In its 2021 Sustainability Report, Waste Connections noted its progress toward the 15-year ESG goals it first identified in 2020.
The document places a spotlight on the trifecta of culture, value and leadership at the company, highlighting the measures the company took to persevere during COVID-19 turbulence as well as a focus on environmental and social justice directives.
"We are proud of the accomplishments of our 19,000 employees as they met those challenges and drove continuous improvement not only in our business, but also towards our sustainability objectives," said Worthing Jackman, president and CEO. "We view efforts to minimize our impact on the environment and drive continuous improvement in employee safety, welfare, engagement and inclusion as integral to our business, driving long-term value creation for all of our stakeholders."
Key areas of the report are reflective of values first installed at the company's core at its inception in 1997.
1. Climate Change
Waste Connections has dedicated $500 million to achieve its sustainability targets it identified in its 2020 Sustainability Report.
It reported an 8 percent year-over-year reduction in Scope 1, direct energy emissions, and Scope 2, indirect energy emissions. The company's data follows Global Reporting Initiative (GRI) G4 Sustainability Reporting Guidelines.
A 1.9 billion standard cubic feet, or 7 percent increase, in landfill gas collected and converted to renewable energy was attributed to company efforts to expand landfill gas recovery and RNG production through gas collection infrastructure improvements and the addition of beneficial use facilities.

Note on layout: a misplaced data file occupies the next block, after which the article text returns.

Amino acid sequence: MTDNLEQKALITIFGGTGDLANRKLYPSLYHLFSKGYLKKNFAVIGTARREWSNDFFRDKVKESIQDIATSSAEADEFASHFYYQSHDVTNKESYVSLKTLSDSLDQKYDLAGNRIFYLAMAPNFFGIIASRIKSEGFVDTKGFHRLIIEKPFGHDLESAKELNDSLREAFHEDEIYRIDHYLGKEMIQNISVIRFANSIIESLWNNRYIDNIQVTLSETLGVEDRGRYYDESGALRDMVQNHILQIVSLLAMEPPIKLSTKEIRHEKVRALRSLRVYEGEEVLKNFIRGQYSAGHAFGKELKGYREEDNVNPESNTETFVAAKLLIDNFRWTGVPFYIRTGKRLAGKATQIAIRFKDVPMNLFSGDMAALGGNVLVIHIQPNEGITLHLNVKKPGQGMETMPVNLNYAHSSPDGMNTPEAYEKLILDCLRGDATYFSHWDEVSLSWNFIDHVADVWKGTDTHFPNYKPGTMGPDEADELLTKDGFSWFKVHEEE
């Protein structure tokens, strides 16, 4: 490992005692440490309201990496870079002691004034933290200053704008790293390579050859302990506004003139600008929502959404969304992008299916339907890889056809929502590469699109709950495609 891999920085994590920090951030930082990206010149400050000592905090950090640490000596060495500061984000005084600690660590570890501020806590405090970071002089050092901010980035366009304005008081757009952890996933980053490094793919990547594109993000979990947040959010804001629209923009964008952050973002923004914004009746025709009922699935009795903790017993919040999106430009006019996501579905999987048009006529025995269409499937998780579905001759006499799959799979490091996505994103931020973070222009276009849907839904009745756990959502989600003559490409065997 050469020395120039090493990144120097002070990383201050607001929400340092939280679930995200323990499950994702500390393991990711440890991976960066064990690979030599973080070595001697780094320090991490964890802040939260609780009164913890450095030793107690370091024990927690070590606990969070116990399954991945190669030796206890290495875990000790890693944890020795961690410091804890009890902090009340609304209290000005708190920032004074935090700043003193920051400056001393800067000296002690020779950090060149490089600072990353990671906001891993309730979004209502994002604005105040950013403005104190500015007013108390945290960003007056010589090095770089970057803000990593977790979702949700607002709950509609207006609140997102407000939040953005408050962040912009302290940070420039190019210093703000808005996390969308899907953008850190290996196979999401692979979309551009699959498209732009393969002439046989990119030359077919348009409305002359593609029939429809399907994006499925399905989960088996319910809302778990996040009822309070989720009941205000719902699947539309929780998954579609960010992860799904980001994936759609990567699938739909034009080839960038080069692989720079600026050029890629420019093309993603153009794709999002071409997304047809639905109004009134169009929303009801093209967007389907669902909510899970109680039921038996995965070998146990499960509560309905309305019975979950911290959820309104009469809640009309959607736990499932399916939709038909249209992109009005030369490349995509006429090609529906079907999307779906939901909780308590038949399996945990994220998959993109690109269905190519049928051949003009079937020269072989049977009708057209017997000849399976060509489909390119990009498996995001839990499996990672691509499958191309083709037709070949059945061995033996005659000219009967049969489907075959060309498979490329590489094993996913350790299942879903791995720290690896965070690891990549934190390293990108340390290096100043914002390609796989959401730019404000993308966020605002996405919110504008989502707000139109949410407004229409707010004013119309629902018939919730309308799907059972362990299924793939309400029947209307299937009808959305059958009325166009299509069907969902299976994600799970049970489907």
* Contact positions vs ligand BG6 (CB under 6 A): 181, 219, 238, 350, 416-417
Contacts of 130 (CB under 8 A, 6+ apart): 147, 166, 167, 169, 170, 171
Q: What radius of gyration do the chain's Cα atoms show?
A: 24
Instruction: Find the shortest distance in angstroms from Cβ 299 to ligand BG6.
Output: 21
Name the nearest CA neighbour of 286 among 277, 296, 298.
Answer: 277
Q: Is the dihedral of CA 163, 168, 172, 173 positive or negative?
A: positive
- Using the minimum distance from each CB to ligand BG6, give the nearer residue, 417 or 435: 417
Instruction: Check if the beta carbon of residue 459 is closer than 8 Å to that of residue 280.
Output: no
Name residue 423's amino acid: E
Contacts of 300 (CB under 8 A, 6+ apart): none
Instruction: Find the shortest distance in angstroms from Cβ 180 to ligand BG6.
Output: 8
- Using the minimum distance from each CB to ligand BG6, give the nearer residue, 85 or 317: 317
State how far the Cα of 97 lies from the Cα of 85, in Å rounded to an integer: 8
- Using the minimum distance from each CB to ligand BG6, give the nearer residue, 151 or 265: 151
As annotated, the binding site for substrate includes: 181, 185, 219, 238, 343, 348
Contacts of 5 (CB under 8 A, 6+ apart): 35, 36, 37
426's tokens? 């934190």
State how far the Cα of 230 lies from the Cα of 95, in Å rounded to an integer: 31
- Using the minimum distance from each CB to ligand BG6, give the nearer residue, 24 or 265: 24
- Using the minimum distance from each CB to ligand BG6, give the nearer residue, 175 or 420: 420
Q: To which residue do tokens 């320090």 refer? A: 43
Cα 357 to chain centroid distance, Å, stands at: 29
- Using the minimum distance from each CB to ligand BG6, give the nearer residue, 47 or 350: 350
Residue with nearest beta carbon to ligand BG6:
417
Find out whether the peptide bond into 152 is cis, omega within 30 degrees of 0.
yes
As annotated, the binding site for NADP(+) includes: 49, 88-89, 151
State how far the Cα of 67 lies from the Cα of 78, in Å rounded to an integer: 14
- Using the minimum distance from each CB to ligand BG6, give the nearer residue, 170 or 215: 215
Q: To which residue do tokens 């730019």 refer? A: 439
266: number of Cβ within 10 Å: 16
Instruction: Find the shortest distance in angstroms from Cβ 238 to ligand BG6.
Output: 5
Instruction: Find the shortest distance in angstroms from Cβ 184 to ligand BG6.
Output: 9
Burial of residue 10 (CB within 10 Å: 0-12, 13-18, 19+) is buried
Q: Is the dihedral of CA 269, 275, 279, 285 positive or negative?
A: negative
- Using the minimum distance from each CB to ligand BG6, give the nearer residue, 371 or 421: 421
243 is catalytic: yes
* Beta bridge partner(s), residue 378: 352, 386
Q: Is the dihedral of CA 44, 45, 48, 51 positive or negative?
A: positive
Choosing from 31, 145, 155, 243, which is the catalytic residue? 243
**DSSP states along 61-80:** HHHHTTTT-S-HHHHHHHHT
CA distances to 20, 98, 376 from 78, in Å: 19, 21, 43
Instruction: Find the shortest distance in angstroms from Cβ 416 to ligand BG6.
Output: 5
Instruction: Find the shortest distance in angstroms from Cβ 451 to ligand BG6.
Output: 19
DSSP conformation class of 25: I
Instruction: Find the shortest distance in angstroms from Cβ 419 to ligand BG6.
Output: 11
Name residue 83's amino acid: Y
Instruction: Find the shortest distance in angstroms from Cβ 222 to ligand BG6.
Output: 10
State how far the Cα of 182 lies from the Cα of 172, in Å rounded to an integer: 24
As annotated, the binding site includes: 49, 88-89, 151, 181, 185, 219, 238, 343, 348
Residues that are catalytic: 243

"Put simply, through our services offered in 2020, we were able to avoid 18.2 million metric tons of CO2e, a figure that exceeded our emissions generated from operations by over 3.2 times," Jackman said. "Going forward, we are well-positioned to achieve our aspirational climate-related targets through a growing pipeline of projects under development, including renewable natural gas plants, leachate treatment plants and state-of-the-art greenfield recycling facilities."
Fleet size at Waste Connections totaled 8,912 in 2020. Just more than 13 percent of the company's fleet makeup, 1,166 vehicles, are powered by compressed natural gas.
The company noted that it will soon begin beta testing fully-electric collection trucks.
"Although at a significant initial cost premium, the fully electric trucks operate quietly, generate zero emissions and are expected to provide considerable savings in fuel and maintenance expenses relative to comparable diesel trucks," the report stated. "We look forward to expanding the use of alternative fuel vehicles in Waste Connections’ fleet over time."
To reduce the fleet's environmental burden, transfer station networks have consolidated waste onto fewer trucks. Maintenance has played a large part ain reducing emissions as well. Waste Connections noted it has installed controls to minimize idling time, switched to synthetic motor oils with longer replacement intervals and installed more advanced engine filters.
Technology such as on-board tablets and route optimization software have assisted drivers with minimizing time spent on the road. In addition, the company has upgraded engine diagnostics software in order to reduce downtime.